When fall comes, the whole campus is covered with colorful fall foliage. If you go to the folk village on the campus, you can feel especially warm in fall as the colors mix with the comforting feeling of the han-ok. Let me introduce the Yeungnam University folk village, where we can take a walk in the cool wind after lectures, after work, or on weekends.
The Yeungnam University Folk Village was built in 1975 on a site of 20,000 m2 on campus. It is the first Asian and the largest outdoor museum among Korean universities. There are various han-oks here, including Gugye Seowon and Euiin Jeongsa, showing off their own stories.
If we walk a little past the entrance, we’ll find a magpie’s hole. Based on the magpie’s hole, Gugye Seowon is on the right and Euiin Jeongsa temple on the left. Gugye Seowon is a Confucian academy dedicated to the great teacher of the late Goryeo Dynasty, Dr. Dynamic Uttak. It was originally located in Mijil-dong, Wolgok-myeon, Andong County, and was moved to its current location in 1975 when Andong Dam was built. As we can see in the picture, it gives us a sense of stability as a whole, and we can appreciate the graceful figure of the roof. Euiin Jeongsa was built in 1887 by Lee Joong-chul, a former progressive figure, and was moved to the YU campus in 1976. What’s unique is that there is a kitchen with ox carts. If you look at the wall outside the pavilion, the stone under the magnolia tree is neatly placed next to the wall. As we can see, it is recommended that we take a close look at the exterior and interior of Euiin Jeongsa temple, while enjoying the cool breeze. There are many things that will add to the charm of the han-ok.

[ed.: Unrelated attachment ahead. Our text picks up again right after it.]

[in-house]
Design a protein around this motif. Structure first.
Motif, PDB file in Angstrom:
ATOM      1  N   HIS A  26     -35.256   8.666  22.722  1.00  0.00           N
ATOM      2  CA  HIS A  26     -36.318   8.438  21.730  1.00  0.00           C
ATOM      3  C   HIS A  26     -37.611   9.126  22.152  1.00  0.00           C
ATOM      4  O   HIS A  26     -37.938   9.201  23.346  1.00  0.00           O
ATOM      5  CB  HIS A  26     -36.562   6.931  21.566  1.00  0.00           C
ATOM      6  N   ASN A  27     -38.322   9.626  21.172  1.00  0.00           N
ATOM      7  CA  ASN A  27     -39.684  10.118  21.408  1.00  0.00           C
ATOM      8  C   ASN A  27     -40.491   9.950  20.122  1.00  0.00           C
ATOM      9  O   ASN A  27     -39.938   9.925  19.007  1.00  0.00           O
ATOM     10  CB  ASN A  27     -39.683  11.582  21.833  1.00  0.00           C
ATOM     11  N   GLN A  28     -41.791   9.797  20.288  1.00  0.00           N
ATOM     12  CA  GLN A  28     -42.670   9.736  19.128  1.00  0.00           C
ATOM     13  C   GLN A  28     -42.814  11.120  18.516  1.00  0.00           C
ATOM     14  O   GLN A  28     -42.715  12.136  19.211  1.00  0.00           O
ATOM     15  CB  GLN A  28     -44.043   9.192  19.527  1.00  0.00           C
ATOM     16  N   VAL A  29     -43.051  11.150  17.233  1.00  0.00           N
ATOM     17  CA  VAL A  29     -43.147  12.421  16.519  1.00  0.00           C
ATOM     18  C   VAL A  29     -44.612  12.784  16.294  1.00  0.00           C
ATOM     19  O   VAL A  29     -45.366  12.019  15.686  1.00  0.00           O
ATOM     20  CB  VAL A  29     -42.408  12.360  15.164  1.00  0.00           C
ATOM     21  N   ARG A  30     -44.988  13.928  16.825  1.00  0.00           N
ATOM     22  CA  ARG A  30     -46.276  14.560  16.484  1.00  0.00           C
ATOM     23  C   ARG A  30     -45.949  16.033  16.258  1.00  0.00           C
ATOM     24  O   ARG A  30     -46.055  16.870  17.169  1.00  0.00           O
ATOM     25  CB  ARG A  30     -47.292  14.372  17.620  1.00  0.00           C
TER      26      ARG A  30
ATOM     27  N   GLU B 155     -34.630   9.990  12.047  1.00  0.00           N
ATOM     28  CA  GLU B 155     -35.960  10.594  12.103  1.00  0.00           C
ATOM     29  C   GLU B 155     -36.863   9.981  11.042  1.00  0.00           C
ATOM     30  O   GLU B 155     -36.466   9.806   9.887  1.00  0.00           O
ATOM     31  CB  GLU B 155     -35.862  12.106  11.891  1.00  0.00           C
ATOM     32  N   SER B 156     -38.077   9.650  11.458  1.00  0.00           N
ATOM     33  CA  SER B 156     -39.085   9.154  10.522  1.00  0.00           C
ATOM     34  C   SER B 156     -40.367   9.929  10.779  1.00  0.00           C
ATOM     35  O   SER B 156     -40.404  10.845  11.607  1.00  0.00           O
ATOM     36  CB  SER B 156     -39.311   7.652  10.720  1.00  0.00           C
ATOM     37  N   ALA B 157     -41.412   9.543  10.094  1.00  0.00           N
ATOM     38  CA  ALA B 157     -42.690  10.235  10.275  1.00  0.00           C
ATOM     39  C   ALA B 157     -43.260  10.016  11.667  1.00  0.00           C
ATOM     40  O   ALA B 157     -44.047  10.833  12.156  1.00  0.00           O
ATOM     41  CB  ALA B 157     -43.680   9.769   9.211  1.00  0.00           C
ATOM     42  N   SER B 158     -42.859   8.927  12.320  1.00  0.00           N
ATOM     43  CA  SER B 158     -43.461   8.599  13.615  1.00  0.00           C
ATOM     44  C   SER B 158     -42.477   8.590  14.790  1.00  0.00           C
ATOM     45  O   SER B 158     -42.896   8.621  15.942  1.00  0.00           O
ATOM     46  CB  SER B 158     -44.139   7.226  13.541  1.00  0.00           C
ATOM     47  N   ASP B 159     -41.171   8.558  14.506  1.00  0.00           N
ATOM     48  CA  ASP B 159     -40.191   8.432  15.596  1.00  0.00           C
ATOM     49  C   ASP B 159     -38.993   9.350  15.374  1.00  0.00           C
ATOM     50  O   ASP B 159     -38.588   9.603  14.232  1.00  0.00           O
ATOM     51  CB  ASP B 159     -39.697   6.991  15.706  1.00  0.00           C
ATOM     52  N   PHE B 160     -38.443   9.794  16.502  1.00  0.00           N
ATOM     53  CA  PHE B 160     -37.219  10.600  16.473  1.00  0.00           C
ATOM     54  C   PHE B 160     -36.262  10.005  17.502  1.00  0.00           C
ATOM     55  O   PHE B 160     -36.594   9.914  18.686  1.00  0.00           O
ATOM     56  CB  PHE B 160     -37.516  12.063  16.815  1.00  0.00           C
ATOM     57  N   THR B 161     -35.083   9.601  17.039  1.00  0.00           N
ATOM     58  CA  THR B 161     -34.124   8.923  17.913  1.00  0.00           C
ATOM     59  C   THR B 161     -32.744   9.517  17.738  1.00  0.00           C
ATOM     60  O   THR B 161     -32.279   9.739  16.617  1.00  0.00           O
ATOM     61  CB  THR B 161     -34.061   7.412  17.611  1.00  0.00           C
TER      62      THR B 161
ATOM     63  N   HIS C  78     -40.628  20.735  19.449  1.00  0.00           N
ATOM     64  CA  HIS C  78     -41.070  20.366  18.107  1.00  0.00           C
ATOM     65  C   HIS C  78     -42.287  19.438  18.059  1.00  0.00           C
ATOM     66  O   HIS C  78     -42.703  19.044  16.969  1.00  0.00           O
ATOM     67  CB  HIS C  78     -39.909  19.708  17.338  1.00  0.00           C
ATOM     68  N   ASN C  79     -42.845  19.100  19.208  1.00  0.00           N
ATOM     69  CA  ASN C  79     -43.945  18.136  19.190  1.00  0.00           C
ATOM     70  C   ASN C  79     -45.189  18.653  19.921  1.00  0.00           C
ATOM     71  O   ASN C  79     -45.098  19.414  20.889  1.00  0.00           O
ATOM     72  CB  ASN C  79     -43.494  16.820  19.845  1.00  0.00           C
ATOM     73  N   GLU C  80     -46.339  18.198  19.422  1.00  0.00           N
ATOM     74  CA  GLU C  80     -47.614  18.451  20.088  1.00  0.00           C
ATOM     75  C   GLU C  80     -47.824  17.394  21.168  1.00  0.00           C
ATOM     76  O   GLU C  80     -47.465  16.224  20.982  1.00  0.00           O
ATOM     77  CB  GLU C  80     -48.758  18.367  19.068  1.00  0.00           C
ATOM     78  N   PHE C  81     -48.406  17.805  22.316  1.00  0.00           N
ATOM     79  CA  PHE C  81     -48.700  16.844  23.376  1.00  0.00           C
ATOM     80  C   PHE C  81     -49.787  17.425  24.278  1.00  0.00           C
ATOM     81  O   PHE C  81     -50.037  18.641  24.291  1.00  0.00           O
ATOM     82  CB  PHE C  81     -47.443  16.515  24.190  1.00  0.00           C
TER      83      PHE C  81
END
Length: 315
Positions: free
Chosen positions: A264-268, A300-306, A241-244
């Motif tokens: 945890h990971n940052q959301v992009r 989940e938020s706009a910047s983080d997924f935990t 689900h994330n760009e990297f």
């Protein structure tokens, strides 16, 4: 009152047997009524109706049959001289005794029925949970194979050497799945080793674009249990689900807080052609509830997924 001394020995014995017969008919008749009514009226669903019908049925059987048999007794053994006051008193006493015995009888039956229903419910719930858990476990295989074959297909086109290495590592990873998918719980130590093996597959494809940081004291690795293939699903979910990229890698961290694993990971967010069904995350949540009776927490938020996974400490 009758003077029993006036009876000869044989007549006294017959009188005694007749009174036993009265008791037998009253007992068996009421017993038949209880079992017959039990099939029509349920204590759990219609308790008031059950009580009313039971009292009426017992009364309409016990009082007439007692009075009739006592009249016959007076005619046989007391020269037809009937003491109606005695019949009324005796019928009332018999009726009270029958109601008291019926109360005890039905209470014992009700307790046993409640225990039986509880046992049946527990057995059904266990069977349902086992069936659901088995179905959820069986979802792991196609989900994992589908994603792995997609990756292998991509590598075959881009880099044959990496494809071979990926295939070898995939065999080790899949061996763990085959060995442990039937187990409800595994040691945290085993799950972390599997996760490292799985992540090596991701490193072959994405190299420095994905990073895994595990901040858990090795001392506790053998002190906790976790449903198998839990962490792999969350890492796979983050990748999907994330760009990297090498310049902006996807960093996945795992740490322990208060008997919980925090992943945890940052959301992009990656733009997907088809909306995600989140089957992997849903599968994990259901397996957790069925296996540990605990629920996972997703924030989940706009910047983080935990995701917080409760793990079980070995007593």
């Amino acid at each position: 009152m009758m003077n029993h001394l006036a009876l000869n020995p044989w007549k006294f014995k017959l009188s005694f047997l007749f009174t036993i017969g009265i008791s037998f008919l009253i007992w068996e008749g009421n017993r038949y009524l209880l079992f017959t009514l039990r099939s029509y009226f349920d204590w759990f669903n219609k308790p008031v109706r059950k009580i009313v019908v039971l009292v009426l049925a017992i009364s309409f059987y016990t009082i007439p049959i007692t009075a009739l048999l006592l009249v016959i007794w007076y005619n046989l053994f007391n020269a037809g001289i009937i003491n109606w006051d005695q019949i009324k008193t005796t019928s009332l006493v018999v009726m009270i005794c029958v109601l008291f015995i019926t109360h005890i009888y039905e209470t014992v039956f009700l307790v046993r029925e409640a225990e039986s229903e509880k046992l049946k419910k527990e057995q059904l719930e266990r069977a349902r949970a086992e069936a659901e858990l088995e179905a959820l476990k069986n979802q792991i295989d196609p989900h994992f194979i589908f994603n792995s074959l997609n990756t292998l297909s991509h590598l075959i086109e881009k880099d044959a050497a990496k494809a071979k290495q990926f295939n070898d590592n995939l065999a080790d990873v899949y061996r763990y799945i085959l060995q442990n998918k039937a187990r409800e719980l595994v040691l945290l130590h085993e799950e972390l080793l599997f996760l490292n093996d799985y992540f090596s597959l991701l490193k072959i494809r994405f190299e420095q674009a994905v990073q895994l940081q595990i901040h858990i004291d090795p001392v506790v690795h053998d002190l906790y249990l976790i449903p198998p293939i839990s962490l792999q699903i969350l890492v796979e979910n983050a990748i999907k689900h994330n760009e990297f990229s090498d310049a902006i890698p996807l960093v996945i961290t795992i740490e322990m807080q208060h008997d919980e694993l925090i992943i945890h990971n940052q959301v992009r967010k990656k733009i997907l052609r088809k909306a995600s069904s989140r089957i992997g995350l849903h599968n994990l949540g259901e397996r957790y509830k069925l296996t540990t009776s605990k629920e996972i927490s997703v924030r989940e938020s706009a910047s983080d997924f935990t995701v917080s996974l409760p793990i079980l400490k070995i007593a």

A short walk past Gugye Seowon and Euiin Jeongsa temple leads to a folk play yard, where folk games, tools, and instruments were enjoyed by old ancestors. There is the Ssangsongjeong pavilion across from the folk play yard. Unlike other han-ok houses in the folk village, Ssangsongjeong has pine trees at the end of the front yard of the house, creating an antique atmosphere. Next to Ssangsongjeong pavilion, there is a pine tree forest, and it’s quiet and hidden.
There are many things to see if we look around slowly through the whole folk village. Having a lot of things to see means having more things to think about while seeing them, and having more ideas means that life can be enriched through speculation. Why don’t we stroll in the cool fall breeze, feeling the autumn atmosphere alone or with family and friends. We need time to stop and feel nature at YU.